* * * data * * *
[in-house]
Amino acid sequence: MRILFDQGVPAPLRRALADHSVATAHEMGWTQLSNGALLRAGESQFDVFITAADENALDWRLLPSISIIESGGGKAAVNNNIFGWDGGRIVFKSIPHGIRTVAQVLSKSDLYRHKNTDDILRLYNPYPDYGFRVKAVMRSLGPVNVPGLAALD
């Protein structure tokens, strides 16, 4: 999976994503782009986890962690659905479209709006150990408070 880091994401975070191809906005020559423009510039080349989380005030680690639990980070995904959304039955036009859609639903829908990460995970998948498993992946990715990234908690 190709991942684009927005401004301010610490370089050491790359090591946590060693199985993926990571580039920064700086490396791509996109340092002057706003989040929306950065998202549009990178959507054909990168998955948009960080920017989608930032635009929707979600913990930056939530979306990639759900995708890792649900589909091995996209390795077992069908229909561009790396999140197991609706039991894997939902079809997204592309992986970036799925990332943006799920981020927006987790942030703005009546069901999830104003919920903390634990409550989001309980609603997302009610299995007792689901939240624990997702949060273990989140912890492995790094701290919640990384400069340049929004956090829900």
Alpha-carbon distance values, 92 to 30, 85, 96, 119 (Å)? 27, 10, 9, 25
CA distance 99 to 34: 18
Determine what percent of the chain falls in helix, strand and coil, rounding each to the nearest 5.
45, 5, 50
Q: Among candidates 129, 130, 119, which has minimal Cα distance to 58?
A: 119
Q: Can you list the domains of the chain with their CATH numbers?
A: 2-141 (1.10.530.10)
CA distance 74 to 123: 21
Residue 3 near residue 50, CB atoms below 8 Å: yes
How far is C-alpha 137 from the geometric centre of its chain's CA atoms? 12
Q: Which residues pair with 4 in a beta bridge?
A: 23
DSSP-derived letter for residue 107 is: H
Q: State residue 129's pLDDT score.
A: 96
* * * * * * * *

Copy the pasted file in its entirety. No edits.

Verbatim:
[in-house]
Amino acid sequence: MRILFDQGVPAPLRRALADHSVATAHEMGWTQLSNGALLRAGESQFDVFITAADENALDWRLLPSISIIESGGGKAAVNNNIFGWDGGRIVFKSIPHGIRTVAQVLSKSDLYRHKNTDDILRLYNPYPDYGFRVKAVMRSLGPVNVPGLAALD
């Protein structure tokens, strides 16, 4: 999976994503782009986890962690659905479209709006150990408070 880091994401975070191809906005020559423009510039080349989380005030680690639990980070995904959304039955036009859609639903829908990460995970998948498993992946990715990234908690 190709991942684009927005401004301010610490370089050491790359090591946590060693199985993926990571580039920064700086490396791509996109340092002057706003989040929306950065998202549009990178959507054909990168998955948009960080920017989608930032635009929707979600913990930056939530979306990639759900995708890792649900589909091995996209390795077992069908229909561009790396999140197991609706039991894997939902079809997204592309992986970036799925990332943006799920981020927006987790942030703005009546069901999830104003919920903390634990409550989001309980609603997302009610299995007792689901939240624990997702949060273990989140912890492995790094701290919640990384400069340049929004956090829900």
Alpha-carbon distance values, 92 to 30, 85, 96, 119 (Å)? 27, 10, 9, 25
CA distance 99 to 34: 18
Determine what percent of the chain falls in helix, strand and coil, rounding each to the nearest 5.
45, 5, 50
Q: Among candidates 129, 130, 119, which has minimal Cα distance to 58?
A: 119
Q: Can you list the domains of the chain with their CATH numbers?
A: 2-141 (1.10.530.10)
CA distance 74 to 123: 21
Residue 3 near residue 50, CB atoms below 8 Å: yes
How far is C-alpha 137 from the geometric centre of its chain's CA atoms? 12
Q: Which residues pair with 4 in a beta bridge?
A: 23
DSSP-derived letter for residue 107 is: H
Q: State residue 129's pLDDT score.
A: 96